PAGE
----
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I have a muslin sample here . I have transferred the markings from the paper pattern. We have 2 notches and 1 directional arrow. We shall call these notches A and B. Note that the arrow is pointing in the direction of B. This means that when we construct the pleat, we need to make notch A meet notch B. In other words, the pleat will be facing notch B. You can also think of it this way. Notch B is stationary, and notch A is moving to meet Notch B. Make sense? Now lets see this is action

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Pinch the notch A and make it meet notch B

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Secure the pleat down with a pin, catching all three layers of fabric. Then do a basting stitch close to the edge of the fabric to secure the pleat in place and remove the pin. Voila! You have a pleat!

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While you can make pleats like I showed you above, I am going to show you my preferred method of making pleats, because sometimes the pleats can tend to shift, especially if you are using slippery fabrics. So if you are working with slippery fabrics or want a more tailored look, use the method below. This is the one I recommend, but itrequiress more effort, so I wanted to show you quick method as well.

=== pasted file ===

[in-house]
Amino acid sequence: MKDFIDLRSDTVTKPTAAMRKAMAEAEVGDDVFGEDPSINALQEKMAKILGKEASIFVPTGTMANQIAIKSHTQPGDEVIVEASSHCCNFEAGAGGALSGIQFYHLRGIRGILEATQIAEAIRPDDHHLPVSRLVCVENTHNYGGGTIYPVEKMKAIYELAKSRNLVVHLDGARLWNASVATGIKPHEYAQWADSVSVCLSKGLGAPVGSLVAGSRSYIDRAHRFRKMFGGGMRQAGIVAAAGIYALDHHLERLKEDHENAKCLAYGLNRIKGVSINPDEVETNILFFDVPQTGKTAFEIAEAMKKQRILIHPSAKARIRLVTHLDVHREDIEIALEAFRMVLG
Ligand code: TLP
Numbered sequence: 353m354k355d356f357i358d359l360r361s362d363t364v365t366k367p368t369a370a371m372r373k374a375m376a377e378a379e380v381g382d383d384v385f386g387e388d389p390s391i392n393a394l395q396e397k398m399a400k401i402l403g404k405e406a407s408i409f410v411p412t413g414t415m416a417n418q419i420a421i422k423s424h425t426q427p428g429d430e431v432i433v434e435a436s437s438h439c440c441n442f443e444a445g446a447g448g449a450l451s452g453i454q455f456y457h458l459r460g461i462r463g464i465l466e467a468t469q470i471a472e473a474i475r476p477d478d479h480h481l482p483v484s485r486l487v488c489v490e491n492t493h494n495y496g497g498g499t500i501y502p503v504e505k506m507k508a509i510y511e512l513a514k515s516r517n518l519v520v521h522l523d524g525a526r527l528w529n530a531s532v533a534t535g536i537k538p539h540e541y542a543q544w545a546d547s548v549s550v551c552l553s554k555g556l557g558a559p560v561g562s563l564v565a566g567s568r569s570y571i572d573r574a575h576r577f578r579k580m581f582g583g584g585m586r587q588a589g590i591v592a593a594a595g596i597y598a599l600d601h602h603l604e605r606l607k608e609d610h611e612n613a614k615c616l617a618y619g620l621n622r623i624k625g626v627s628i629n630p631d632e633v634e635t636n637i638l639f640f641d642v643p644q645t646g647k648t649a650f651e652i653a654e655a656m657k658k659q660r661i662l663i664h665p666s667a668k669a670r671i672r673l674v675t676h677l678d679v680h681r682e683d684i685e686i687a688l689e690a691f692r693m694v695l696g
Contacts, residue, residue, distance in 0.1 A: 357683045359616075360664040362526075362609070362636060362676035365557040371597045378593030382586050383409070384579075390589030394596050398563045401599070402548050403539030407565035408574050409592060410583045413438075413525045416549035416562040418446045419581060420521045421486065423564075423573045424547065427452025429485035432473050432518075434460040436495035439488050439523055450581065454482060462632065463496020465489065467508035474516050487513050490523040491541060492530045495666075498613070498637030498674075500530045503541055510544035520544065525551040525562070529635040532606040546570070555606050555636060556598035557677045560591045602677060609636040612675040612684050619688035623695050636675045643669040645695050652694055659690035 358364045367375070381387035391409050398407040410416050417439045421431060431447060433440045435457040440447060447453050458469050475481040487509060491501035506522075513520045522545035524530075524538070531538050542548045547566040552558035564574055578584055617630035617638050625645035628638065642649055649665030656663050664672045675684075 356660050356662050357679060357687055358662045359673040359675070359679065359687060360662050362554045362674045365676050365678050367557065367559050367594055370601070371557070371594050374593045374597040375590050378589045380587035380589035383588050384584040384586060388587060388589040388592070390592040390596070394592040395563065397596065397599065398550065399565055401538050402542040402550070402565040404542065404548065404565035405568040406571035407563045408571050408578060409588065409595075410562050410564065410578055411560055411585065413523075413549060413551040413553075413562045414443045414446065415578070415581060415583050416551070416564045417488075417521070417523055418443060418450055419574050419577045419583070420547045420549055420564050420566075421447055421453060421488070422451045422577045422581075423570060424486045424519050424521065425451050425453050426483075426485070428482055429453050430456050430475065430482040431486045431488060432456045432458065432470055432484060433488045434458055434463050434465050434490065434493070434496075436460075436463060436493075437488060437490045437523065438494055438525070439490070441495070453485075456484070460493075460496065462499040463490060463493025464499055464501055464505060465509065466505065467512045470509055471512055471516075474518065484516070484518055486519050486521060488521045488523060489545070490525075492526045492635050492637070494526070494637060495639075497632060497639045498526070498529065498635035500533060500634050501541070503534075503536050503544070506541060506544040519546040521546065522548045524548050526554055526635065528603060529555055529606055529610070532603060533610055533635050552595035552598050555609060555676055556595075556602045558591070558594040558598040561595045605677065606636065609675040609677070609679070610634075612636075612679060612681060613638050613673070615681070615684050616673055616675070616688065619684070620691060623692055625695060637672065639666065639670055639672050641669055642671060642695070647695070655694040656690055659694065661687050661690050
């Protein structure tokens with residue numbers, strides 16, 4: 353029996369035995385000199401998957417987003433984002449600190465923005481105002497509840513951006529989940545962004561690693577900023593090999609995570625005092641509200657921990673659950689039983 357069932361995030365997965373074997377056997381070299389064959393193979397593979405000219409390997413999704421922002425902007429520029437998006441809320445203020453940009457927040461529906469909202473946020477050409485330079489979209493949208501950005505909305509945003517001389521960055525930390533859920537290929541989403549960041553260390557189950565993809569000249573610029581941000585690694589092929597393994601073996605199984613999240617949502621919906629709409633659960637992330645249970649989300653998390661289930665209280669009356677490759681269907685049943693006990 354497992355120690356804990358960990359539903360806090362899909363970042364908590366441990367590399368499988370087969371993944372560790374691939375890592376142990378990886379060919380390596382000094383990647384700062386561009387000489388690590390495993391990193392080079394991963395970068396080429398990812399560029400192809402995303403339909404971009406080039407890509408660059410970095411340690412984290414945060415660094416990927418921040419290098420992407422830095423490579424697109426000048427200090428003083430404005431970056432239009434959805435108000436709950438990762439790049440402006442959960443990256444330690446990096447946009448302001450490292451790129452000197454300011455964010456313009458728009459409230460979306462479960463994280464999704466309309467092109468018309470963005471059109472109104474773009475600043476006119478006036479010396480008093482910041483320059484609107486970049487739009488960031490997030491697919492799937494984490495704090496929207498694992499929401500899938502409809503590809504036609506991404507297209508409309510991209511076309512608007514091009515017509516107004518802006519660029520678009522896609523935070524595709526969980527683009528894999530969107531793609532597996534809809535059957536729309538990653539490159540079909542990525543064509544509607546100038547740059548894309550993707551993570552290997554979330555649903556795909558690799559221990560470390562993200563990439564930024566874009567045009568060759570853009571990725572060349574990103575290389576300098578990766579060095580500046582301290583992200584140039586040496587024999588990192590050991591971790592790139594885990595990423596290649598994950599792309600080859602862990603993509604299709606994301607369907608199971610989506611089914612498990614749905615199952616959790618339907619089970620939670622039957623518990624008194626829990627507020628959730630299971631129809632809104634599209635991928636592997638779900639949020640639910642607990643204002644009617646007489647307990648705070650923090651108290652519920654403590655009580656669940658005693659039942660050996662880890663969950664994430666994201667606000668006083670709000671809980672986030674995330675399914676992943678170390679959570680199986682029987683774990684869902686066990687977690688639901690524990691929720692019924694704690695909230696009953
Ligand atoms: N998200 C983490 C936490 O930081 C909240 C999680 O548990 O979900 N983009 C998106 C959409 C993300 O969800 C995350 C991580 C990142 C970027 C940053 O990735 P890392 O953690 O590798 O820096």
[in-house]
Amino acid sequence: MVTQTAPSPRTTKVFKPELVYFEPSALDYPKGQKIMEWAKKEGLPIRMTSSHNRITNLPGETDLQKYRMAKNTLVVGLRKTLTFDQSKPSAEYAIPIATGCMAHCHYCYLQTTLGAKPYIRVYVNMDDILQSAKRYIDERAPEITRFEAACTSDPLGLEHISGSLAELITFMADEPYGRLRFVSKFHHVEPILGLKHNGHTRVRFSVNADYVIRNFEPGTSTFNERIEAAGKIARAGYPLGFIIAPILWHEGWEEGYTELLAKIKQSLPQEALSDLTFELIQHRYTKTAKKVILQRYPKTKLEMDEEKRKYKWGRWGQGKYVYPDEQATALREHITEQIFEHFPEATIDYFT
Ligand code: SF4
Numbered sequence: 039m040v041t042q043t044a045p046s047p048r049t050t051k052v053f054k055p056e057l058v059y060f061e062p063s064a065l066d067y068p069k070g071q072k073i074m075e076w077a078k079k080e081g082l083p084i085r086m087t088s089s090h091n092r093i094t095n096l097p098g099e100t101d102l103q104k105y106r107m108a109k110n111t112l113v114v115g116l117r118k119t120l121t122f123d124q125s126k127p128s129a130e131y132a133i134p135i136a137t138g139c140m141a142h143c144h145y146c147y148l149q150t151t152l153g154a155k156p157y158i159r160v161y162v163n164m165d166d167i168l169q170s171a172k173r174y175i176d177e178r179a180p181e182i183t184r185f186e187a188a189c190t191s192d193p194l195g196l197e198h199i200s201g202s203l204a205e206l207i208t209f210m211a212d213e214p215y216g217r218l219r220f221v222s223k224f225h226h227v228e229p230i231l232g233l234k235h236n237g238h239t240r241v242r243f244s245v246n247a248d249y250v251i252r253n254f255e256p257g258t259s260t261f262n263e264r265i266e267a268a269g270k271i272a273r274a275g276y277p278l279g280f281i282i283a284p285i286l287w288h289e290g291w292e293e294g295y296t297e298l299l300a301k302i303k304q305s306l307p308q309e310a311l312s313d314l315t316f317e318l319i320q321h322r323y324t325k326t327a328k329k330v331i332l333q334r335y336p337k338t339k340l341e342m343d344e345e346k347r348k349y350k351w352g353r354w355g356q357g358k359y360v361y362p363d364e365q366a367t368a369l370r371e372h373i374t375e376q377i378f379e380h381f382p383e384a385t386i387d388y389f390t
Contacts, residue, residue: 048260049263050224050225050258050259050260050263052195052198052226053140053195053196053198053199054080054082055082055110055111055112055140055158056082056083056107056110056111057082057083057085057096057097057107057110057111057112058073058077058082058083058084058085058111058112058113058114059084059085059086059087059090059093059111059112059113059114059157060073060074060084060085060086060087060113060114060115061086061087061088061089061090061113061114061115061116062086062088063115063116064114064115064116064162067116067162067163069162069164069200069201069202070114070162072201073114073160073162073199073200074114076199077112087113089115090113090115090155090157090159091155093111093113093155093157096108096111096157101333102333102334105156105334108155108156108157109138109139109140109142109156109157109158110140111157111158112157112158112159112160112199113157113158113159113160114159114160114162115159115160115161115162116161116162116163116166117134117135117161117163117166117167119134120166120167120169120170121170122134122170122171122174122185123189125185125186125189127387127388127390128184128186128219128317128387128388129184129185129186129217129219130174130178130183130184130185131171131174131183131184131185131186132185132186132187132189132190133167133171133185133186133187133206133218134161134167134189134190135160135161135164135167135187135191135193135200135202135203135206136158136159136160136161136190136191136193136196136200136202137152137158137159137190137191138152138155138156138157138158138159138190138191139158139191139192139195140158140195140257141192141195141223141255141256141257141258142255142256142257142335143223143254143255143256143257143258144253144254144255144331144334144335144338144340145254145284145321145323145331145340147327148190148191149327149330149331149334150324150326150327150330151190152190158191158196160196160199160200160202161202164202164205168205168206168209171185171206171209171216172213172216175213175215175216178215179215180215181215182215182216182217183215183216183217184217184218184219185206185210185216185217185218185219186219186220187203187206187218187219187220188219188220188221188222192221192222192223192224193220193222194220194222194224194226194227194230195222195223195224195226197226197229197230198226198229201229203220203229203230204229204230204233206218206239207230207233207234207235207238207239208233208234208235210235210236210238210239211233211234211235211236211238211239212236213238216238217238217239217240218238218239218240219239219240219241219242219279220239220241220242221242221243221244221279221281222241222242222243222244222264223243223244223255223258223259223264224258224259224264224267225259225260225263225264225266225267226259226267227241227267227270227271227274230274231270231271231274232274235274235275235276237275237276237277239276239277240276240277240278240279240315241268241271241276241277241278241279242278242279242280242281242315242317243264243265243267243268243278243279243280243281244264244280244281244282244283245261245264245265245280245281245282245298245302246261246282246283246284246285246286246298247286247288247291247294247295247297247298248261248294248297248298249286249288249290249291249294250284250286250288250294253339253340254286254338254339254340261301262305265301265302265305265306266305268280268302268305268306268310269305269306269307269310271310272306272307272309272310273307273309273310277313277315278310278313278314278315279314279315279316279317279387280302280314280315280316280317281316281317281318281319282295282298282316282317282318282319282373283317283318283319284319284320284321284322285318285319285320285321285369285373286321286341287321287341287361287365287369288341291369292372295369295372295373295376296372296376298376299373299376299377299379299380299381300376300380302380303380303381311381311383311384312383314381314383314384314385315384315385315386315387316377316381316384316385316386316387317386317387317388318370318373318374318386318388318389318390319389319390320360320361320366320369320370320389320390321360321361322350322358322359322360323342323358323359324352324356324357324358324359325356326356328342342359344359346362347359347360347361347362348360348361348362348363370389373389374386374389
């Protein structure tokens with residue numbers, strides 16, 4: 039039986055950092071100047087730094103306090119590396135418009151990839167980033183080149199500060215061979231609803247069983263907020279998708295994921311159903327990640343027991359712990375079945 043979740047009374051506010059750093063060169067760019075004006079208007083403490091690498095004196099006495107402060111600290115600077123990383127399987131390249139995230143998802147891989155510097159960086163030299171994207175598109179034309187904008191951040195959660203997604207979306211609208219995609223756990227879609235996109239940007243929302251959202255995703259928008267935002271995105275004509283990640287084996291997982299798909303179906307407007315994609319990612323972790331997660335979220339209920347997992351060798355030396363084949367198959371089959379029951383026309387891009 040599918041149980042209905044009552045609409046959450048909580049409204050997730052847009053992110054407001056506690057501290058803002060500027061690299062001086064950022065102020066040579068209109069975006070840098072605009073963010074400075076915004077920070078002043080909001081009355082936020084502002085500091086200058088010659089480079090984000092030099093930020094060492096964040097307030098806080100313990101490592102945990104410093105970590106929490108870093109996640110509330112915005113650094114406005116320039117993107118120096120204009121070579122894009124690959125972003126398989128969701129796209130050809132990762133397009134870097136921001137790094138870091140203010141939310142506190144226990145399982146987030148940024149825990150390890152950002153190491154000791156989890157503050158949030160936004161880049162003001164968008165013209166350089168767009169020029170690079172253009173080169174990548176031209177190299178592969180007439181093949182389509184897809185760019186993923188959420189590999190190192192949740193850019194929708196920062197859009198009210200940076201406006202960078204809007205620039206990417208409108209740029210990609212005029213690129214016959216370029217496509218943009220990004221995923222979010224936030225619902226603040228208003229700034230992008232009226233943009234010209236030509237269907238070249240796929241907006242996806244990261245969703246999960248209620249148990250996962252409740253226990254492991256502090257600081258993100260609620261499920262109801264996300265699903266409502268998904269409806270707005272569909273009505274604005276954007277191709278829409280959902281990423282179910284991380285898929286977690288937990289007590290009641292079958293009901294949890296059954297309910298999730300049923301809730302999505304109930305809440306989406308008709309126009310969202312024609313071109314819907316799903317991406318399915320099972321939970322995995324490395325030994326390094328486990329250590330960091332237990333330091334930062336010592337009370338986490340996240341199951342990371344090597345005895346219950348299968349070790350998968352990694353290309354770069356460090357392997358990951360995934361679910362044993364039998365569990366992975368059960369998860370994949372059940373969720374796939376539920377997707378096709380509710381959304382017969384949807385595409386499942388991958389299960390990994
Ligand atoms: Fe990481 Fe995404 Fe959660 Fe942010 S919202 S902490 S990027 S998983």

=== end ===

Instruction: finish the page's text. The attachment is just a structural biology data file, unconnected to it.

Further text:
We will start with the same notches A and B

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Then instead of pinching the notch A, fold the fabric such that notch A overlaps notch B, with the right sides of the fabric together. You are essentially picking up notch A and placing it exactly on top of notch B

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Secure the pleats by placing a pin in the fabric about 1/2 inch away from the notches.

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Then take it to the machine and stitch down 1/2 inch on the notches and also backstitch 1/2 to secure the pleat down. This step will ensure that your pleats stay in place.

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Next, press the folded edge

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Then lift the fabric and fold it away from the notches as shown in pic below.

At this point, your pleat is done!